• Vectors pointing in the same direction
• Vectors pointing in opposite directions
• Vectors that are 90° apart
The following examples demonstrate tip-to-tail vector addition for these three common scenarios.

Adding Vectors Pointing in the Same Direction
A person walks 40 meters in the positive x-direction, pauses, and then walks an additional 30 meters in the positive x-direction. Determine the magnitude and direction of the person’s displacement.

WHAT'S THE TRICK?

When vectors point in the same direction, simply add them together. Sketch or visualize the vectors tip to tail. The resultant is equal to the total length of both vectors added together. Adding Vectors Pointing in the Opposite Direction
A person walks 40 meters in the positive x-direction, pauses, and then walks an additional 30 meters in the negative x-direction. Determine the magnitude and direction of the person’s displacement.

WHAT'S THE TRICK?

When a vector points in the opposite (negative) direction, you can insert a minus sign in front of the magnitude. Technically, vectors cannot have negative magnitudes. The minus sign actually indicates the vector’s direction, and it represents a vector turned around 180°. Again, sketching or visualizing the vectors tip to tail will help you arrive at the correct resultant. The resultant is drawn from the origin to the tip of the last vector added. Adding Vectors That are 90° Apart
An object moves 100 meters in the positive x-direction and then moves 100 meters in the positive y-direction. Determine the magnitude and direction of the object’s displacement.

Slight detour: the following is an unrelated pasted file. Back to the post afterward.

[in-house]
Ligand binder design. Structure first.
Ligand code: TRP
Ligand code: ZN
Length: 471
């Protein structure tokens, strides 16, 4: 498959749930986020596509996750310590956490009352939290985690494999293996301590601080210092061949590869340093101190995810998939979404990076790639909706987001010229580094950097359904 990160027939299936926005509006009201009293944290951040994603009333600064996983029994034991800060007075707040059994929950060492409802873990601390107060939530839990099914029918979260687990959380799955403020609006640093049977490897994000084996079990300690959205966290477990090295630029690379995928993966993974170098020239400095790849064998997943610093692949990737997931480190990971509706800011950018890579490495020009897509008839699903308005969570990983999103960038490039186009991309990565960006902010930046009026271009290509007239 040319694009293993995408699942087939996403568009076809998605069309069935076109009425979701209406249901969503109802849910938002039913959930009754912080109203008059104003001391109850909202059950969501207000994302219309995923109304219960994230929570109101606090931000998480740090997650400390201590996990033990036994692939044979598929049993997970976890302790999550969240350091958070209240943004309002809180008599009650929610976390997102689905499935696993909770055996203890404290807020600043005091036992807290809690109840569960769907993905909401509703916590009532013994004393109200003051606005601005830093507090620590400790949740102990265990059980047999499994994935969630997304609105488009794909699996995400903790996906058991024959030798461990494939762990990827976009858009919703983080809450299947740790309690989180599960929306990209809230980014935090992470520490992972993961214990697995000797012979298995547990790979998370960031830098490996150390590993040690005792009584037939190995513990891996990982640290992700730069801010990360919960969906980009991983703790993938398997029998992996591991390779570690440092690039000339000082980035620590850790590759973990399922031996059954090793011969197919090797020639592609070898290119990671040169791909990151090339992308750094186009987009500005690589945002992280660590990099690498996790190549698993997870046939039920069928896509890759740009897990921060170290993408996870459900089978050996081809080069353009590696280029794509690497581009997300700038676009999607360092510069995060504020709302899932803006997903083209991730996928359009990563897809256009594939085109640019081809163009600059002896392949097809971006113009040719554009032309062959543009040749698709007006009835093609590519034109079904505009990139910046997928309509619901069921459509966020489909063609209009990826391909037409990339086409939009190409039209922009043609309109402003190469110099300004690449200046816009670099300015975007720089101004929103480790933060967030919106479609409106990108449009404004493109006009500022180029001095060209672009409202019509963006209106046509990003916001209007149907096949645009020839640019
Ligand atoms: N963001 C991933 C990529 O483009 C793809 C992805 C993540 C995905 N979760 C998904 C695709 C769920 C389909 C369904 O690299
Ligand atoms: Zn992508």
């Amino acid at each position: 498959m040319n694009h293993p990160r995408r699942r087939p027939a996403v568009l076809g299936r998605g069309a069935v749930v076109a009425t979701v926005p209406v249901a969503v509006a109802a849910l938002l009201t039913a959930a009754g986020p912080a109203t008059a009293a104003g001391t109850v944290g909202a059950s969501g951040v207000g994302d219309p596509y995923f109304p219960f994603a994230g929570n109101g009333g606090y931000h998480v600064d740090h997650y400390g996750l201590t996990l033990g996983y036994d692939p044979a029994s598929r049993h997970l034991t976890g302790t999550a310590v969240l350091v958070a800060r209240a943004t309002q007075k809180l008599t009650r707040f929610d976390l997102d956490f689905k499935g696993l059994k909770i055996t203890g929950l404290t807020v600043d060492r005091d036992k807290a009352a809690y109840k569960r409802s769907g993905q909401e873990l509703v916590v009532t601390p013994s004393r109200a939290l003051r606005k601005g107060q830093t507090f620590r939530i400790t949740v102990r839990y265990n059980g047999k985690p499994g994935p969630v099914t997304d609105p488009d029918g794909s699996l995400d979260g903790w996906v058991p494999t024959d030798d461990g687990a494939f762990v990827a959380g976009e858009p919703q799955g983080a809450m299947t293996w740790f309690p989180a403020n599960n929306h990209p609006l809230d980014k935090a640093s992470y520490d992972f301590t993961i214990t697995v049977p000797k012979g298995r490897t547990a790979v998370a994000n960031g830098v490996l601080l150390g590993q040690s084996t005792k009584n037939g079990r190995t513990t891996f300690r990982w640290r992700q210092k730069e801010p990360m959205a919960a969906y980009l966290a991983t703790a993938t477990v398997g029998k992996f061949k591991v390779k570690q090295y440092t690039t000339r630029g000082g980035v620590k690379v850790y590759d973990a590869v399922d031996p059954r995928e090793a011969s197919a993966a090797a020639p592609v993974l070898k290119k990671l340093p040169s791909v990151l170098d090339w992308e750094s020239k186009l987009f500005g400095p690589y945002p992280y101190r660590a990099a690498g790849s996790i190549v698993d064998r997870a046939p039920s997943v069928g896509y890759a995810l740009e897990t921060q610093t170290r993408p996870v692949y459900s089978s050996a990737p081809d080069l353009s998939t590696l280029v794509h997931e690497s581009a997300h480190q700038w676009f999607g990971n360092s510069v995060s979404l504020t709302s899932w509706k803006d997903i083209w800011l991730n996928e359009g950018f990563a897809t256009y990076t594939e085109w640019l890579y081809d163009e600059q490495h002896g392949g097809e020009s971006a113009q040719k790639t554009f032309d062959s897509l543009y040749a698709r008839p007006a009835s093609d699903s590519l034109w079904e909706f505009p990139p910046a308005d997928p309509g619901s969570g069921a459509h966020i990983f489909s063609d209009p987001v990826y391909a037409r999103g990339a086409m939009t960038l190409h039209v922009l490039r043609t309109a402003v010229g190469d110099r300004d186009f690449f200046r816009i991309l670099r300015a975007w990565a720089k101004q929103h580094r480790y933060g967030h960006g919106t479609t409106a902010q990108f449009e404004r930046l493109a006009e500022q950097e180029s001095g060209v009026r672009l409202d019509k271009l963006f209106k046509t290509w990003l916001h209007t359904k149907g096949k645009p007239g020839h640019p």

WHAT'S THE TRICK?

Start at the origin and draw the x-direction vector first. Then add the tail of the y-direction vector to the tip of the first vector. Finally, draw the resultant from the origin pointing toward the tip of the final vector added. PARALLELOGRAM METHOD

In some exam questions, a vector diagram may be provided that shows the vectors in a tail- to-tail configuration. You can add these vectors by constructing a parallelogram, as shown in the example below.
Adding Vectors Using the Parallelogram Method WHAT'S THE TRICK? Finding a Missing Vector

In some problems, the resultant is known and the problem requires you to find the magnitude and direction of a missing vector. This frequently occurs when clues in the problem lead you to the conclusion that the resultant vector has a magnitude equal to zero. In order for two vectors to add up to zero, the vectors must have equal magnitudes and point in opposite directions.
Deducing the Existence of a Missing Vector A mass, m, is initially at rest on a horizontal surface. A 10-newton force acting in the positive x-direction is applied to mass m. The mass remains at rest. Why?

WHAT'S THE TRICK?

A force is either a push or a pull. When an object remains stationary, all the pushing forces acting on the object must cancel out each other. Therefore, the sum of all the force vectors is zero. You must conclude that a second force is acting on the mass to cancel the force given in the problem. The only force capable of canceling the given force is a 10-newton force acting in the opposite direction. 1. It's a nice article, Which you have shared here about vector physics. Your article is very interesting and I really liked the way you expressed your views in this post. Thank you. Wholesaler of Aromatic Ingredients in UK